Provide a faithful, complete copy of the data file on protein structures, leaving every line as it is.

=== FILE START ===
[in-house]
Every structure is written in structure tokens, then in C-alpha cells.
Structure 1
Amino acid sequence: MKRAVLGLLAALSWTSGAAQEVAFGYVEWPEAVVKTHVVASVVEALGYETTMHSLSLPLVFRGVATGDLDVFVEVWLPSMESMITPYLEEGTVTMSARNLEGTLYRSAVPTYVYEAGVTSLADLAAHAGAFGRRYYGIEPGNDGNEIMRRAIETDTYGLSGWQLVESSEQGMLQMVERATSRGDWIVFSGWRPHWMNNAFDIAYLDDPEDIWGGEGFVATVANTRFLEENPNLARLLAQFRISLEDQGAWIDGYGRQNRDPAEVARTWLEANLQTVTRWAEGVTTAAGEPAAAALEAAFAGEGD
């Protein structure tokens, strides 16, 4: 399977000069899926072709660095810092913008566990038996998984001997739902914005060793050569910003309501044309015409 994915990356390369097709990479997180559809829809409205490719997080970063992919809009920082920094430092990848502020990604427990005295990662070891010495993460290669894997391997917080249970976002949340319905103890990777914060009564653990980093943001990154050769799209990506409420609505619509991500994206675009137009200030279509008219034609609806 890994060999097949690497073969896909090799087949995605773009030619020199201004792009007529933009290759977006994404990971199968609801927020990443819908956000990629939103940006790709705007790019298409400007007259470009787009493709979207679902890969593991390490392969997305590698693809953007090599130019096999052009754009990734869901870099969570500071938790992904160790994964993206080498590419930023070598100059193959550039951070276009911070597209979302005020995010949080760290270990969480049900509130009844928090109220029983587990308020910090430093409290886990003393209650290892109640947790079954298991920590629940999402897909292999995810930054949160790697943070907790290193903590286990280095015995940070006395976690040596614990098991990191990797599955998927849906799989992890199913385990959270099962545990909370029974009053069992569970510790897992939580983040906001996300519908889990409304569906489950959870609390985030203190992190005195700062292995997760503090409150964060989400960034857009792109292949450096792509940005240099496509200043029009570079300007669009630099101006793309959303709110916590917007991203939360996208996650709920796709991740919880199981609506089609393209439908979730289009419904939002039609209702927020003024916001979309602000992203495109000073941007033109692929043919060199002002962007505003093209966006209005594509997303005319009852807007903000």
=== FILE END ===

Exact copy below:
[in-house]
Every structure is written in structure tokens, then in C-alpha cells.
Structure 1
Amino acid sequence: MKRAVLGLLAALSWTSGAAQEVAFGYVEWPEAVVKTHVVASVVEALGYETTMHSLSLPLVFRGVATGDLDVFVEVWLPSMESMITPYLEEGTVTMSARNLEGTLYRSAVPTYVYEAGVTSLADLAAHAGAFGRRYYGIEPGNDGNEIMRRAIETDTYGLSGWQLVESSEQGMLQMVERATSRGDWIVFSGWRPHWMNNAFDIAYLDDPEDIWGGEGFVATVANTRFLEENPNLARLLAQFRISLEDQGAWIDGYGRQNRDPAEVARTWLEANLQTVTRWAEGVTTAAGEPAAAALEAAFAGEGD
């Protein structure tokens, strides 16, 4: 399977000069899926072709660095810092913008566990038996998984001997739902914005060793050569910003309501044309015409 994915990356390369097709990479997180559809829809409205490719997080970063992919809009920082920094430092990848502020990604427990005295990662070891010495993460290669894997391997917080249970976002949340319905103890990777914060009564653990980093943001990154050769799209990506409420609505619509991500994206675009137009200030279509008219034609609806 890994060999097949690497073969896909090799087949995605773009030619020199201004792009007529933009290759977006994404990971199968609801927020990443819908956000990629939103940006790709705007790019298409400007007259470009787009493709979207679902890969593991390490392969997305590698693809953007090599130019096999052009754009990734869901870099969570500071938790992904160790994964993206080498590419930023070598100059193959550039951070276009911070597209979302005020995010949080760290270990969480049900509130009844928090109220029983587990308020910090430093409290886990003393209650290892109640947790079954298991920590629940999402897909292999995810930054949160790697943070907790290193903590286990280095015995940070006395976690040596614990098991990191990797599955998927849906799989992890199913385990959270099962545990909370029974009053069992569970510790897992939580983040906001996300519908889990409304569906489950959870609390985030203190992190005195700062292995997760503090409150964060989400960034857009792109292949450096792509940005240099496509200043029009570079300007669009630099101006793309959303709110916590917007991203939360996208996650709920796709991740919880199981609506089609393209439908979730289009419904939002039609209702927020003024916001979309602000992203495109000073941007033109692929043919060199002002962007505003093209966006209005594509997303005319009852807007903000």